there is a multitude of waters in the heavens; they are covered with clouds, and these clouds full of water; which is brought about by the following means:

and he causeth the vapours to ascend from the ends of the earth; from the north and south, as Kimchi observes from the philosophers; or from all parts of the earth, the most distant, and particularly from the sea, the border of the earth, from whence clouds arise, being exhaled by the sun; see 1 Kings 18:43.

He maketh lightnings with rain; which very often go together, and the one makes way for the other, Job 28:26, though they are so opposite one to another:

and bringeth forth the wind out of his treasures; the caverns of the earth, or his fists, in which he holds it, Proverbs 30:4 and lets its loose at his pleasure; he has plenty of it in reserve; he is Lord over it; he sends it forth when he pleases, and it fulfils his will and his word.

When he uttereth his voice, there is a multitude of waters in the heavens, and he causeth the vapours to ascend from the ends of the earth; he maketh lightnings with rain, and bringeth forth the wind out of his treasures.
13. when he uttereth his voice, etc.] The sense is plain, though the form of the Hebrew in MT. is peculiar, and hence the alternative in mg. at the sound of his giving an abundance of waters, continuing, when he causeth or (simply), he causeth. Thunder, torrential rain, lightning, and winds mark Jehovah’s supremacy over the elements of the storm.

maketh lightnings for the rain] probably meaning, pierceth with his flash the clouds, so that they pour their contents upon the earth. For the v. cp. Psalm 135:7.Verse 13. - When he uttereth his voice, etc. The phrase is difficult, but the Authorized Version probably gives the right sense. God's "voice" is the thunder (Psalm 29:3), which is accompanied by the gathering of heavy clouds ("His pavilion round about him," Psalm 18:11). He causeth the vapors to ascend, etc.; the storm-clouds coming up more and more thickly from the horizon. From this point the verse agrees with Psalm 135:7 (the psalm is full of such reminiscences, and is obviously very late). Lightning's with rain; rather, for the rain. The lightning's are, as it were, the heralds or attendants of the rain. The wind out of his treasures; a noble figure, used elsewhere of the snow and hail (Job 38:22), and of the waters of the sea (Psalm 33:7). The almighty power of Jahveh, the living God. - Jeremiah 10:6. "None at all is like Thee, Jahveh; great art Thou, and Thy name is great in might. Jeremiah 10:7. Who would not fear Thee, Thou King of the peoples? To Thee doth it appertain; for among all the wise men of the peoples, and in all their kingdoms, there is none at all like unto Thee. Jeremiah 10:8. But they are all together brutish and foolish; the teaching of the vanities is wood. Jeremiah 10:9. Beaten silver, from Tarshish it is brought, and gold from Uphaz, work of the craftsman and of the hands of the goldsmith; blue and red purple is their clothing; the work of cunning workmen are they all. Jeremiah 10:10. But Jahveh is God in truth, He is living God and everlasting King; at His wrath the earth trembles, and the peoples abide not His indignation. Jeremiah 10:11. Thus shall ye say unto them: The gods that have not made the heavens and the earth, these shall perish from the earth and from under the heavens."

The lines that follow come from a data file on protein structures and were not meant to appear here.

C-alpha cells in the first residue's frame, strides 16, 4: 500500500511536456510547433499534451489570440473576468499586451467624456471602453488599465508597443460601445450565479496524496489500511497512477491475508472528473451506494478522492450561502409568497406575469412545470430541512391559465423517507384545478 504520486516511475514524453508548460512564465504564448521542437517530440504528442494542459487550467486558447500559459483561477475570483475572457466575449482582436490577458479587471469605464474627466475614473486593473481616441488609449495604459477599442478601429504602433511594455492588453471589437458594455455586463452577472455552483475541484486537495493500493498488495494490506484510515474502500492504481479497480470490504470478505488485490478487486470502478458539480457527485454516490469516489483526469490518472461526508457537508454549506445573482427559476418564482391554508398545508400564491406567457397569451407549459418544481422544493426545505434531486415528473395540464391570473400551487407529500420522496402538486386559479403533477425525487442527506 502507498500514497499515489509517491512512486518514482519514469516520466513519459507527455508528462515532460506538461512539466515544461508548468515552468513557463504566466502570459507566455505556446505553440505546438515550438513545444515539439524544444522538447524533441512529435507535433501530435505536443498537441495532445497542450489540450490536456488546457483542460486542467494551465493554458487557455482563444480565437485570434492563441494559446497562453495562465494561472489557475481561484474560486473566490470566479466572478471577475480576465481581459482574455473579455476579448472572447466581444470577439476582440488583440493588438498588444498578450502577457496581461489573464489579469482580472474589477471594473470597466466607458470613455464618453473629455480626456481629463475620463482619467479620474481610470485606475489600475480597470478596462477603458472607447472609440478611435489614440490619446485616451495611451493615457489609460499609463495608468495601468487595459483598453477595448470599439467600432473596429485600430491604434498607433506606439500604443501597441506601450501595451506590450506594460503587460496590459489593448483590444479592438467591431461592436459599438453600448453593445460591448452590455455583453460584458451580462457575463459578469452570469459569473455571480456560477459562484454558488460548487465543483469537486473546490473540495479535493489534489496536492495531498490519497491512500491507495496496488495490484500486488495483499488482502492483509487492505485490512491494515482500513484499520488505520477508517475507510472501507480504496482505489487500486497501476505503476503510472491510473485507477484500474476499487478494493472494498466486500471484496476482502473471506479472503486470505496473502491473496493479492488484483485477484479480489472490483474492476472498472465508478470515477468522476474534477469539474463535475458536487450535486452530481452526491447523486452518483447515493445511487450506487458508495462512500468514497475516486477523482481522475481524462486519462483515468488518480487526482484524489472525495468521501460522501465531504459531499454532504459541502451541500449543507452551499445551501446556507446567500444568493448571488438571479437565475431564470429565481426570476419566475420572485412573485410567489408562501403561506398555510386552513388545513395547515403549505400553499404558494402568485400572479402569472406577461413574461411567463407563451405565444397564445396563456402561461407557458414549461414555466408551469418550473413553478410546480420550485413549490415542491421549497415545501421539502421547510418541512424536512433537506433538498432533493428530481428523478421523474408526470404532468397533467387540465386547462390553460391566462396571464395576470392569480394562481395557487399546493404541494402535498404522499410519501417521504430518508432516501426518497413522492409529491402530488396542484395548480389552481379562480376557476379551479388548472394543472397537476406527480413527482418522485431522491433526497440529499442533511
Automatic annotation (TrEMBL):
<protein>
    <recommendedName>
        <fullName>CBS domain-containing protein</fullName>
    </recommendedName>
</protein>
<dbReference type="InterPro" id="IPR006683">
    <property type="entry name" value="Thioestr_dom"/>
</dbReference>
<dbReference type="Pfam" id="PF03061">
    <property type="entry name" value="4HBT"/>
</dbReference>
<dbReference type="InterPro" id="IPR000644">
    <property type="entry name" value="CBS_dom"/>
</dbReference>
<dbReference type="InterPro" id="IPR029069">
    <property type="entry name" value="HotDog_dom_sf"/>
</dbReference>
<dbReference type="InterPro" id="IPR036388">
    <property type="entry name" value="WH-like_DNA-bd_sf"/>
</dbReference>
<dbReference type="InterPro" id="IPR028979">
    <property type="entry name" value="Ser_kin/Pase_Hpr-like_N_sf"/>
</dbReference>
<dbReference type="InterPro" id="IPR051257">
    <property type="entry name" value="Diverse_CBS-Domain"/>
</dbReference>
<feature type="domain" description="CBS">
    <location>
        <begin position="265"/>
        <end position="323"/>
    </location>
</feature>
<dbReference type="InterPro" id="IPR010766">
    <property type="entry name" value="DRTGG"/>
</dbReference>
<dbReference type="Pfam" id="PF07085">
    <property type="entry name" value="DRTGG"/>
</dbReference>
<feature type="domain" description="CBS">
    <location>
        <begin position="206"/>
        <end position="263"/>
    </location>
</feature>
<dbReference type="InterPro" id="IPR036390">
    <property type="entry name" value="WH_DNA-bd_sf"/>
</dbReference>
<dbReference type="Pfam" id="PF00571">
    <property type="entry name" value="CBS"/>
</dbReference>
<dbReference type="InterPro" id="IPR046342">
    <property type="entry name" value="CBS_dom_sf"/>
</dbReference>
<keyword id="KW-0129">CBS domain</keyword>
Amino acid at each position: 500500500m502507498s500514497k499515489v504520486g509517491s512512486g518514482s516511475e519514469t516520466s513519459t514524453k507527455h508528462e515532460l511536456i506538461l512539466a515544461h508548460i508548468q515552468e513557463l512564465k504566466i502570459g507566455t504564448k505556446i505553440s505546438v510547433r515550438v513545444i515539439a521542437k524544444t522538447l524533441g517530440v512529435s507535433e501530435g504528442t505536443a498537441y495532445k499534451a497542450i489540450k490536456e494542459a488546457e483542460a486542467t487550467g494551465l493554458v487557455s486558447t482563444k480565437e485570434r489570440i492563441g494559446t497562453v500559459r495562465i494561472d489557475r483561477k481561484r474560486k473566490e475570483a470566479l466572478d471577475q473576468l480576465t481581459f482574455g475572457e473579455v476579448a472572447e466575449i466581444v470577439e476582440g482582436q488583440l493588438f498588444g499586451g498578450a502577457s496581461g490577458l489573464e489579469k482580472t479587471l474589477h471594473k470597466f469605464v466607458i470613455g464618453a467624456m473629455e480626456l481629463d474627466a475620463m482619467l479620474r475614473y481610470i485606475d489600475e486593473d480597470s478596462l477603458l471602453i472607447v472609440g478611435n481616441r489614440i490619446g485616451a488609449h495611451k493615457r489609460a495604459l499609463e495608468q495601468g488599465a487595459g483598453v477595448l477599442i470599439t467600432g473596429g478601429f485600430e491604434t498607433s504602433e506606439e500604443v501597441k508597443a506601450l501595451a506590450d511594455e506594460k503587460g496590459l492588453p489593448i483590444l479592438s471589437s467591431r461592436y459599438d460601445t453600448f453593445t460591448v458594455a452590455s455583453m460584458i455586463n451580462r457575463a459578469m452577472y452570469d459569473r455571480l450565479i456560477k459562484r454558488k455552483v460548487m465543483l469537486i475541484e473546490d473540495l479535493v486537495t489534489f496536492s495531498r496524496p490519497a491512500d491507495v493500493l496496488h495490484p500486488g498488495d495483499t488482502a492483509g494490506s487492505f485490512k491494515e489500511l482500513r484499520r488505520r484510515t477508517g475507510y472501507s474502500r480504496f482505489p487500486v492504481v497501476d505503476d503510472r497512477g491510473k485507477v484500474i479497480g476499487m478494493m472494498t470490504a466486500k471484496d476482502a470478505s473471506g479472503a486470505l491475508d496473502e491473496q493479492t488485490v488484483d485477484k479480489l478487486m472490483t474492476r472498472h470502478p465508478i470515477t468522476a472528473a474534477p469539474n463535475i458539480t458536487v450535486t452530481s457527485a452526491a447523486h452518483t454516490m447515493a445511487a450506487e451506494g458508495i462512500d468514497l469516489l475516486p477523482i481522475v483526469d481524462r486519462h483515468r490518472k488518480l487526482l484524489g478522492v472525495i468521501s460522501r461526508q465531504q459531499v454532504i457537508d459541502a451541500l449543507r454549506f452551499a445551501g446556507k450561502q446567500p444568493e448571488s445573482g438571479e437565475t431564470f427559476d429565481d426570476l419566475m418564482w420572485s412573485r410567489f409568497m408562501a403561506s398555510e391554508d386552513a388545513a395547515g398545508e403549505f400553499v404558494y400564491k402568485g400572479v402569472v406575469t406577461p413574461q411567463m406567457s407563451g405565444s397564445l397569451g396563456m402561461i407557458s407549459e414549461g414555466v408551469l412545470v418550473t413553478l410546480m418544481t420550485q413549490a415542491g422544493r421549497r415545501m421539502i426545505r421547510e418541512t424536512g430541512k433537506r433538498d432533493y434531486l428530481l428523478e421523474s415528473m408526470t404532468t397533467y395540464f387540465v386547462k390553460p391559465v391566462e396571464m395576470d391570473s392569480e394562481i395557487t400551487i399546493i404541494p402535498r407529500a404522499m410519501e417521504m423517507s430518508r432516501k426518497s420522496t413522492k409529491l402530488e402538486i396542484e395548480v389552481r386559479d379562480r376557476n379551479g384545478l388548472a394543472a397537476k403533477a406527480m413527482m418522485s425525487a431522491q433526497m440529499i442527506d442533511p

In this second strophe Jahveh is contrasted, as the only true God and Lord of the world, with the lifeless gods. These there is no need to fear, but it behoves all to fear the almighty God, since in His wrath He can destroy nations. When compared with Psalm 86:8, the מן in מאין seems redundant - so much so, that Ven. pronounces it a copyist's error, and Hitz. sets it aside by changing the vowels. The word as it stands contains a double negation, and is usually found only in dependent clauses with a strong negative force: so that there is none. Here it has the same force, but at the beginning of the sentence: none at all is as Thou; cf. Ew. 323, a. Great is Thy name, i.e., the manifestation of Thee in the world, in Thy government of the earth. "In (or with) might" belongs to "great:" great with might, displaying itself in acts of might; cf. Jeremiah 16:21. Who would not fear Thee? a negative setting of the thought: every one must fear Thee. King of the nations; cf. Psalm 22:29; Psalm 47:8; Psalm 96:10. יאתה from יאה, ἁπ. λεγ.. equivalent to נאה (whence נאוה), to be seemly, suitable. Among the wise men of the peoples none is like Thee, so as that any should be able to make head against Thee by any clever stroke; cf. Isaiah 19:12; Isaiah 29:14. Nor is there in any kingdom of the peoples any one like Jahveh, i.e., in might. It is not merely earthly kings that are meant, but the gods of the heathen as well. In no heathen kingdom is there any power to be compared with Jahveh. We are led here to think also of the pagan gods by Jeremiah 10:8, where the wisdom and almighty power of the living God are contrasted with foolishness and vanity of the false gods. בּאחת is not: in uno equals in una re, sc. idololatria (Rabb.); nor is it, as Hitz. in most strained fashion makes it: by means of one thing, i.e., by (or at) a single word, the word which comes immediately after: it is wood. אחת is unquestionably neuter, and the force of it here is collective, equals all together, like the Chald. כחדא. The nominative to "are brutish" is "the peoples." The verb בּער is denom. from בּעיר, to be brutish, occurring elsewhere in the Kal only in Psalm 94:8, Ezekiel 21:36; in the Niph. Jeremiah 10:14, Jeremiah 10:21, Jeremiah 51:17; Isaiah 19:11. כּסל as verb is found only here; elsewhere we have כּסיל, foolish, and כּסל, folly (Sol 7:1-13 :25), and, as a verb, the transposed form סכל. The remaining words of the verse make up one clause; the construction is the same as in Jeremiah 10:3, but the sense is not: "a mere vain doctrine is the wood," i.e., the idol is itself but a doctrine of vanities. In this way Ew. takes it, making "wood" the subject of the clause and מוּסר the predicate. מוּסר הבלים is the antithesis to מוּסר יהוה, Deuteronomy 11:2; Proverbs 3:11; Job 5:17. As the latter is the παιδεία of the Lord, so the former is the παιδεία of the false gods (הבלים, cf. Jeremiah 8:19). The παιδεία of Jahveh displayed itself, acc. to Deuteronomy 11:2, in deeds of might by means of which Jahveh set His people Israel free from the power of Egypt. Consequently it is the education of Israel by means of acts of love and chastenings, or, taken more generally, the divine leading and guidance of the people. Such a παιδεία the null and void gods could not give to their worshippers. Their παιδεία is wood, i.e., not: wooden, but nothing else than that which the gods themselves are - wood, which, however it be decked up (Jeremiah 10:9), remains a mere lifeless block. So that the thought of Jeremiah 10:8 is this: The heathen, with all their wise men, are brutish; since their gods, from which they should receive wisdom and instruction, are wood. Starting from this, Jeremiah 10:9 continues to this effect: However much this wood be decked out with silver, gold, and purple raiment, it remains but the product of men's hands; by no such process does the wood become a god. The description of the polishing off of the wood into a god is loosely attached to the predicate עץ, by way of an enumeration of the various things made use of therefore. The specification served to make the picture the more graphic; what idols were made of was familiar to everybody. מרקּע, beat out into thin plates for coating over the wooden image; cf. Exodus 39:3; Numbers 17:3. As to תּרשׁישׁ, Tartessus in Spain, the source of the silver, see on Ezekiel 27:12. Gold from Ophir; אוּפז here and Daniel 10:5 is only a dialectical variety of אופיר, see on 1 Kings 9:27. As the blue and red purple, see on Exodus 25:4. חכמים, skilful artisans, cf. Isaiah 40:20. They all, i.e., all the idols.